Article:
Why is every patchset now a full release?

This question got posted by Naveen in the previous entry today – and I found it worth it to create a new blog entry as this question gets raised in nearly every 2nd workshop as well – so others might be interested as well.

Mike,

A question has been bothering me for a while and I thought I’ll throw
it out there. I didn’t raise a support ticket, I knew what the response
is going to be.

So here is the question. I have an 11g ORACLE HOME that was built as
11.2.0.1. Now if I want to upgrade to 11.2.0.2 or 11.2.0.3, I guess
there is no easy way to upgrade the existing ORACLE HOME. Why didn’t
Oracle give the option to just apply a patch (opatch) and upgrade to
11.2.0.2 (or .3). For a customer to create a new ORACLE HOME is just a
lot of work and breaks a lot of things. We have to copy over so many
configs from the old home to the new home.

I’m sure there is a good reason, I’m just trying to understand what they are.

Thanks
Naveen

Naveen, thanks for your question. And the answer has many aspects.

Install into your existing ORACLE Home

First of all you can still install the new patch set (which is now a full release since Oracle 11.2.0.2) into your existing $ORACLE_HOME. But you’ll have to detach your current home from the OUI’s inventory first. Please see slide 41 of the Upgrade and Migration workshop deck. Please backup the contents of $ORACLE_HOME/dbs and $ORACLE_HOME/network/admin first as you’ll have to copy them back later.

$ ./runInstaller -detachHome ORACLE_HOME=/u01/orahomes/11.2.0

Starting Oracle Universal
Installer…

Checking swap space: must be greater
than 500 MB. Actual 10047 MB Passed

The inventory pointer is located at
/etc/oraInst.loc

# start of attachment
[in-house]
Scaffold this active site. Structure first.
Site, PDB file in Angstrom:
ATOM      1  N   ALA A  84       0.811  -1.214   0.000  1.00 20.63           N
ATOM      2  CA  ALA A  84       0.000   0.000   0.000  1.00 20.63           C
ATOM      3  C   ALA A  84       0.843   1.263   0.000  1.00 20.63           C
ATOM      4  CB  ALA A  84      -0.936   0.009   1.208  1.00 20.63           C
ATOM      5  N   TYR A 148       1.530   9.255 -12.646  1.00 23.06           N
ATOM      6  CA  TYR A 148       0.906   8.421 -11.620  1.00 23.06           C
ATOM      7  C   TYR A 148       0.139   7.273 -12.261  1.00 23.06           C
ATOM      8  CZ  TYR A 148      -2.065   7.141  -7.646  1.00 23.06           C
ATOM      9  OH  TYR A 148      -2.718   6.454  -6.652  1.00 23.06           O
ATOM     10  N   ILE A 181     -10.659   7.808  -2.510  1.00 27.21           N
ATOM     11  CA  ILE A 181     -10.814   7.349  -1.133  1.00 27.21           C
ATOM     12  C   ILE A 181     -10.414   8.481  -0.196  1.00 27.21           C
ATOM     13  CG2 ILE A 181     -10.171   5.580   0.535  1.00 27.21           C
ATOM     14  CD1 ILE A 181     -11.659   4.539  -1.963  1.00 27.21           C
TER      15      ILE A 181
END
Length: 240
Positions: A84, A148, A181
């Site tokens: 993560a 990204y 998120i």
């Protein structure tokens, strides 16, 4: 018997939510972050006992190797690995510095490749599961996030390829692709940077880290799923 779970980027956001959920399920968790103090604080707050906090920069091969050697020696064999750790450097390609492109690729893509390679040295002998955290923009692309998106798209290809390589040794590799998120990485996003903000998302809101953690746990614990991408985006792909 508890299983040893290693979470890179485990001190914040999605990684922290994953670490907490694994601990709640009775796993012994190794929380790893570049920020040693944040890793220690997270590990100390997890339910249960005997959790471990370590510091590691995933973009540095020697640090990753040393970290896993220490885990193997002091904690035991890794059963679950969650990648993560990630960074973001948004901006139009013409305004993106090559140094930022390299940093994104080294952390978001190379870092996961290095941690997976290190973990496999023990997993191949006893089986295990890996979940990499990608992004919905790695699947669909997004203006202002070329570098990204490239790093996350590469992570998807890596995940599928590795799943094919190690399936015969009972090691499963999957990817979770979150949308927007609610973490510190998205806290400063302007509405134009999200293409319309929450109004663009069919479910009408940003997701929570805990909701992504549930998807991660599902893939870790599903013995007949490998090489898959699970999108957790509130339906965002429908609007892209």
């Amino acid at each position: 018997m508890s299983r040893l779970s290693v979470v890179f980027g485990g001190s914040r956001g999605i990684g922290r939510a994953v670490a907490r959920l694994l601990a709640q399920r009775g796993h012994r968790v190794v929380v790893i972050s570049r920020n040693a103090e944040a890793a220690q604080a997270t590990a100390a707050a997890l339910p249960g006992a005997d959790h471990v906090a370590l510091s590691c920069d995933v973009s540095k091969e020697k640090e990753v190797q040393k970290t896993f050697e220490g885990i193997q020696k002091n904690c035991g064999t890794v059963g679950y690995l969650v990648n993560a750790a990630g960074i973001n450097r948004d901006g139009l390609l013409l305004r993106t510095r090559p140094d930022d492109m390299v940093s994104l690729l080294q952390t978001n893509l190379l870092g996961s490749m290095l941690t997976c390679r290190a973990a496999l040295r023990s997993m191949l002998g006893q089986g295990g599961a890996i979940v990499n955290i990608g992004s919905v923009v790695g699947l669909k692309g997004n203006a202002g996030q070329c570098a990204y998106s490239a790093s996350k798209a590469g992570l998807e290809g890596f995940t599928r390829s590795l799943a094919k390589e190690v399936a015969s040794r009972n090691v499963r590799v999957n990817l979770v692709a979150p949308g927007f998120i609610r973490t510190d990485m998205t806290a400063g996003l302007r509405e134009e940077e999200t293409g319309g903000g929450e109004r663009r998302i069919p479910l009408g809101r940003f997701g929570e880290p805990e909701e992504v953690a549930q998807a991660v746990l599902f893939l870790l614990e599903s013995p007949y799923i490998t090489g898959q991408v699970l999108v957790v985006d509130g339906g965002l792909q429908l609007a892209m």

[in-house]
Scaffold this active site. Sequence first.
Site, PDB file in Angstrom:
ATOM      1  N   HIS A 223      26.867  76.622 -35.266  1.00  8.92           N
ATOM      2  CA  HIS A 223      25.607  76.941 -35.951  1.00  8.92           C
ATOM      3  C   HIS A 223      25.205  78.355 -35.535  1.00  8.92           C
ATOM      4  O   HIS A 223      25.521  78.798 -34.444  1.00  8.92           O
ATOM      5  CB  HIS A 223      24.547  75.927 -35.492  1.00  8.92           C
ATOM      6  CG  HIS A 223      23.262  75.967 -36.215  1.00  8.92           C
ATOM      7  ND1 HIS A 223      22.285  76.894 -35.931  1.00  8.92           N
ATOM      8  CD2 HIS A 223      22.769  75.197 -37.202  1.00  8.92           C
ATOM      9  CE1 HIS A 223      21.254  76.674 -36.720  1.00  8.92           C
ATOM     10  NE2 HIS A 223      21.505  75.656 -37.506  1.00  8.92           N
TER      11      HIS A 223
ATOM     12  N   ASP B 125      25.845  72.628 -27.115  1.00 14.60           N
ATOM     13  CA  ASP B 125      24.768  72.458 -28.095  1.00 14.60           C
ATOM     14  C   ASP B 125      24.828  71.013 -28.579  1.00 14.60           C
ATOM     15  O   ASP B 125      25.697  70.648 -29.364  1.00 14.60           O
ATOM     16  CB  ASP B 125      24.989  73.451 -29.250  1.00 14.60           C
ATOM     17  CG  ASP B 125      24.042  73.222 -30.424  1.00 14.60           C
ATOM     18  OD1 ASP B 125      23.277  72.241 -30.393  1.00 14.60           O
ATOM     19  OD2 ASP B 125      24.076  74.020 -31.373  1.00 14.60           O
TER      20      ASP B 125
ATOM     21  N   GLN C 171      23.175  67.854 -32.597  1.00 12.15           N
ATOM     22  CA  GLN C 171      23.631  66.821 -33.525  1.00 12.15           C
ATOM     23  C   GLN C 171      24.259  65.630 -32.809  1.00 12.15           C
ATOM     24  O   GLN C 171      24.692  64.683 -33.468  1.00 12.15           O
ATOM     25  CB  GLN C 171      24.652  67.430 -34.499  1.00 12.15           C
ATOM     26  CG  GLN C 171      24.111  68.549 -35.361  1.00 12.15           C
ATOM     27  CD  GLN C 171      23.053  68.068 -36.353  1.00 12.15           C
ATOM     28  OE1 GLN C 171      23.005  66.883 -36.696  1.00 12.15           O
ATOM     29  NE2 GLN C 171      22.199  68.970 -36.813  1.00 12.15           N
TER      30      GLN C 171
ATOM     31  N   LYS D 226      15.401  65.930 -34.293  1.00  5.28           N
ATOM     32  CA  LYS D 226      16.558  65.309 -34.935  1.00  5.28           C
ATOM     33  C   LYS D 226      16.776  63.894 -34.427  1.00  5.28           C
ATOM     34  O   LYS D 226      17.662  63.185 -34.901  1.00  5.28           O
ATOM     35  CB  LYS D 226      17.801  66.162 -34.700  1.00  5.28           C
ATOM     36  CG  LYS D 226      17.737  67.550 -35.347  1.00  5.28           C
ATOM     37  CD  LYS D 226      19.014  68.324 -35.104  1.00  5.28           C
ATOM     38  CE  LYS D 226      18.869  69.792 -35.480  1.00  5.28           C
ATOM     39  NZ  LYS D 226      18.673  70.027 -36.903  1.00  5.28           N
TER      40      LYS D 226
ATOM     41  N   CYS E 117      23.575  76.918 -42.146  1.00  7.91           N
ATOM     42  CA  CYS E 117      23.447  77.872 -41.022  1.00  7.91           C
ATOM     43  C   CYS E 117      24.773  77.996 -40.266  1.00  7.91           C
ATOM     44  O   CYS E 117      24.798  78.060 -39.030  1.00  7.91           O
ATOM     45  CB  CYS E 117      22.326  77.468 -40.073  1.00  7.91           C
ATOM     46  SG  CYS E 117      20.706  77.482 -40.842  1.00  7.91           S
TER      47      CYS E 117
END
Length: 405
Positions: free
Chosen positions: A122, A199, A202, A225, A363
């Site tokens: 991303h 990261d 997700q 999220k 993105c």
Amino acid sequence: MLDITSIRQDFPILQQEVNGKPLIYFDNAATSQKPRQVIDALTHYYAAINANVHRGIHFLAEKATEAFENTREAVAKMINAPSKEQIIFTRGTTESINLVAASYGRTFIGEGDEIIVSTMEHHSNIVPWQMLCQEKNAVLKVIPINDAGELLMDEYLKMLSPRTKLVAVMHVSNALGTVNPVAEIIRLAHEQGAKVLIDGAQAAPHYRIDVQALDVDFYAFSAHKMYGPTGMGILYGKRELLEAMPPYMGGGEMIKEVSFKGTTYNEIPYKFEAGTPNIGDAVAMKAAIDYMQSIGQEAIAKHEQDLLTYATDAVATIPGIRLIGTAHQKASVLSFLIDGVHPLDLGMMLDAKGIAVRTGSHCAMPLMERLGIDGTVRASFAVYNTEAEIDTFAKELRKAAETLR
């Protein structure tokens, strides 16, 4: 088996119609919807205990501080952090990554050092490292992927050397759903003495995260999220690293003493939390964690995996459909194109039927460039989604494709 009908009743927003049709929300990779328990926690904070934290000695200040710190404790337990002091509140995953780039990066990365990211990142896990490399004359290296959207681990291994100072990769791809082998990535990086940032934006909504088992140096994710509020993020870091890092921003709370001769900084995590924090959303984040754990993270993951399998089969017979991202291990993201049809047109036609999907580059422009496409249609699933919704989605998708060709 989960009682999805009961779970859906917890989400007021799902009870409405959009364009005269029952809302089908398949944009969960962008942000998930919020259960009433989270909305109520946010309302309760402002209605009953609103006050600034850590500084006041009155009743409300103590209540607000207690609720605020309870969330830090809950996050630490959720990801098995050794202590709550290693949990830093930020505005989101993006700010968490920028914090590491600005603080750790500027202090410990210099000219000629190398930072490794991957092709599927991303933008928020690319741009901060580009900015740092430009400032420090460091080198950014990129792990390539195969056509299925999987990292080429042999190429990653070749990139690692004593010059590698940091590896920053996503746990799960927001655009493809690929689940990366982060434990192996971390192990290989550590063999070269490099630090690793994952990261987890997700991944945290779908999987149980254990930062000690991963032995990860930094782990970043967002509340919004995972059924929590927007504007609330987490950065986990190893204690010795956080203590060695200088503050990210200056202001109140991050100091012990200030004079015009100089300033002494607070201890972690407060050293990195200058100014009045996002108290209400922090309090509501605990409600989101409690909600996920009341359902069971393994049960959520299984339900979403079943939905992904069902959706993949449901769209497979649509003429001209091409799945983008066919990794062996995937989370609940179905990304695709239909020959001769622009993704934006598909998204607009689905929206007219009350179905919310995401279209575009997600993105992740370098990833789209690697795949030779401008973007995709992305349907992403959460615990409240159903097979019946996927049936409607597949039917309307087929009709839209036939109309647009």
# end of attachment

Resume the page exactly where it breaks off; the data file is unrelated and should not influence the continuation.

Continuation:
The inventory is located at /u01/orabase

‘DetachHome’ was successful.

Once you’ve done that you’ll install into your existing (old) directory.  And finally you’ll copy back your dbs and network/admin files.

Why customers might use this procedure?

There are basically two reason why a customer chooses this strategy:
(a) Home naming conventions not allowing an Oracle 11.2.0.2 home and another Oracle 11.2.0.3 home
(b) Space issues
Both are valid reasons and therefore you can stay with the old strategy.

Why did we change from patch sets to “full release patch sets”?

Simple reason: Customers did ask us for a looooong time why we are delivering 3GB large patchsets instead of full releases. So we’d follow this wish. And second it will decrease the overall downtime when you’d install into your new Oracle Home. If you apply patchset software to your existing Oracle Home every Oracle process serviced by that home must be shut down as well – obviously including the database(s). And furthermore if something fails you’ll have to restore your OUI’s inventory plus all home contents – or reinstall your previous Oracle software.

Besides that we recommend to patch this home first with important one-offs (see links in MOS Note 161818.1) and the latest PSU or CPU. If you’d do that to your already emptied old home it will simply increase again your overall downtime.

And this is the reason why we recommend:
Always install into a new Oracle home beginning with Oracle Database 11.2 – don’t erase your old home to reuse it unless there’s no significant need for that procedure.

4 thoughts on “Why is every patchset now a full release?

  1. We use a vendor with embedded 10g and want to use the Direct NFS client. Is there a earlier version that will run with 10g? Can we run Direct NFS 11g with 10g?

  2. Highlighted you pointed out "Always install into a new Oracle home beginning with Oracle Database 11.2 – don’t erase your old home to reuse it unless there’s no significant need for that procedure."

    Did you mean to say don’t erase your old home to reuse it (space I presume) unless there is A significant need…. I’m just trying to make sense of the statement. Thanks.

  3. Yes, that’s what I’ve meant. The "old" home might be useful in case of fallback, either just for a software fallback in case your installation fails, or in case of a database fallback because I saves simply time. And under stress and pressure it is always fun to do such actions 😉

    Mike

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